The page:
3. Polyamory requires a lot of rules. If we start out with a couple, and we want to keep that couple firmly in its place as “primary” with all others as “secondary,” well, of course we need to come up with a bunch of rules to make sure it all goes according to plan, right? Right. (And there is most certainly a plan.)

This is a control-based approach to polyamory that, while not exclusive to couple-based primary-secondary models, is almost inevitable within them. Rules are implicitly set by the “primaries,” the “poly couple”—at least that’s how most discussions of rules are presented. Some books and websites will tell you (“you” presumably being someone who’s part of a currently-monogamous, about-to-be-poly couple) that it’s really super important not only to have rules, but also to set them out before you go out and do this polyamory thing. If ever you wanted confirmation of the very clearly secondary status of “secondary” partners, this is it: the rules get set before they even show up, and they have no say in ‘em. Again… we think this is progressive?

Here’s the thing. Rules have an inverse relationship to trust. They are intended to bind someone to someone else’s preferences. They are aimed at constraint. I will limit you, and you will limit me, and then we’ll both be safe.

When two people are well matched in their values, and have strong mutual trust, they don’t need a rule to know how they’ll each behave. I mean, how many times do you hear “I’ll agree not to kill anyone if you agree not to kill anyone, okay? That’ll be our rule. No killing.” Of course not. Psychopaths aside, this kind of thing need not be said; we can assume that everyone shares the value of “killing people is bad and I will not do it.”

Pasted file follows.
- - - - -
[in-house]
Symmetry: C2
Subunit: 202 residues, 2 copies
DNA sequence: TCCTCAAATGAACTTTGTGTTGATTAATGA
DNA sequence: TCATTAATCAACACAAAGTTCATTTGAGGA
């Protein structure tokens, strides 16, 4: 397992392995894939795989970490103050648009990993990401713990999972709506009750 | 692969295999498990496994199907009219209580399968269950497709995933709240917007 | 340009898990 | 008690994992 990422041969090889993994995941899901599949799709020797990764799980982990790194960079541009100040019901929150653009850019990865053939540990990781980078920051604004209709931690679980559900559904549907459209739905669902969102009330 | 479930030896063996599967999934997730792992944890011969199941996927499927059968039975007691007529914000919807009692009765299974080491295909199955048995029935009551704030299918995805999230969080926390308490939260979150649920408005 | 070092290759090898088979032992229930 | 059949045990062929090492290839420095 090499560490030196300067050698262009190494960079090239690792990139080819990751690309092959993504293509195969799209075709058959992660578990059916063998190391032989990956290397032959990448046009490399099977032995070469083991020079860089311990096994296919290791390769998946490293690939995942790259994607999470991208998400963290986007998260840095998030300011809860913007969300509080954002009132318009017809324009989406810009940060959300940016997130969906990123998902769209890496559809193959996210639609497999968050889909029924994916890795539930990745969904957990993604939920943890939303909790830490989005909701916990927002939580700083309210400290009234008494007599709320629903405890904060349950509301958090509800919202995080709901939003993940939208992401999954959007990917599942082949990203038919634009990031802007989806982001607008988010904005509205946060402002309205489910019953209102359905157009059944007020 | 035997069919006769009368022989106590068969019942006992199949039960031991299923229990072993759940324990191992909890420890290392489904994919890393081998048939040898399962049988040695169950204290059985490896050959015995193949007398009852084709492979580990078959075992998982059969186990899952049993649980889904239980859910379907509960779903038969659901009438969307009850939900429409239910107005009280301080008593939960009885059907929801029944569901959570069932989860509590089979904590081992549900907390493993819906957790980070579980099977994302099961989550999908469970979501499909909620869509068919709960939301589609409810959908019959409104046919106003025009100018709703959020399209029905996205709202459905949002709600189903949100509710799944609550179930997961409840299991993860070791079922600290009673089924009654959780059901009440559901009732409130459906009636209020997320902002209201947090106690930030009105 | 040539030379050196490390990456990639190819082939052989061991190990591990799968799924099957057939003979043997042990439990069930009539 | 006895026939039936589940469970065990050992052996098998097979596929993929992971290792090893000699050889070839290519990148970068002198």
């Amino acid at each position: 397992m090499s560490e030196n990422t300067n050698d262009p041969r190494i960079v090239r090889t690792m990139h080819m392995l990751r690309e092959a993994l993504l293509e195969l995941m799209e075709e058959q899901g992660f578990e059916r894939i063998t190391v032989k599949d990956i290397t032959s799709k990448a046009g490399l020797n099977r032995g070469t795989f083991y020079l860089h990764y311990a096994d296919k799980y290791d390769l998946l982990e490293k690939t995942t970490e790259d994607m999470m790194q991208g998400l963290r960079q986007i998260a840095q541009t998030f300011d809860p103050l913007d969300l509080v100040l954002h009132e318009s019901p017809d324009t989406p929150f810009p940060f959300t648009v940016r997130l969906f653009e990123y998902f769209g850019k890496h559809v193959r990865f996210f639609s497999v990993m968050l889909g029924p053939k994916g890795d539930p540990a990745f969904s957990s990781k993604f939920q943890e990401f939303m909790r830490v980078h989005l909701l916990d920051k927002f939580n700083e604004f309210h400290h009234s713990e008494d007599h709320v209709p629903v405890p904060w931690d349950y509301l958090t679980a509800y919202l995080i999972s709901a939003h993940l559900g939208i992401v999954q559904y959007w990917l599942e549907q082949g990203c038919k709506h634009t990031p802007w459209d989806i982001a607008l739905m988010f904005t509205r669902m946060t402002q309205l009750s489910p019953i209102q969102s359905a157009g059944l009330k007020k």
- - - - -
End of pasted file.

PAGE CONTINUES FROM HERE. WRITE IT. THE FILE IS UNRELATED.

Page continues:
But it’s not the least bit uncommon for “poly couples” to create elaborate sets of rules to keep each other strictly bound to only behave in ways that are not scary, not dangerous, and not threatening to the primary bond. We won’t kiss anyone without asking each other first. No overnight dates. If you want to see her more than three times, I have to meet her. If you want to see her more than three times, don’t tell me about it, it’s too much for me to handle. No falling in love (this one cracks me up in its sheer absurdity). Love is okay, but only if you love him less than me. Anal sex only with me. Anal sex only with others. You have to date exactly the same number of people as I date. No going to our favourite restaurant together. No sleeping in our bed. You have to text me by eleven. I have to call you when I’m leaving her place. And the crowning glory, the holy grail of poly rules: we have veto power! (I’ve got a whole other post about this one, called Against the Veto, in which I lay out exactly why veto rights are a rotten idea.) The crux: secondaries are secondary, so very secondary that a person they’re not even partnered with can decide if and when they’ll get dumped.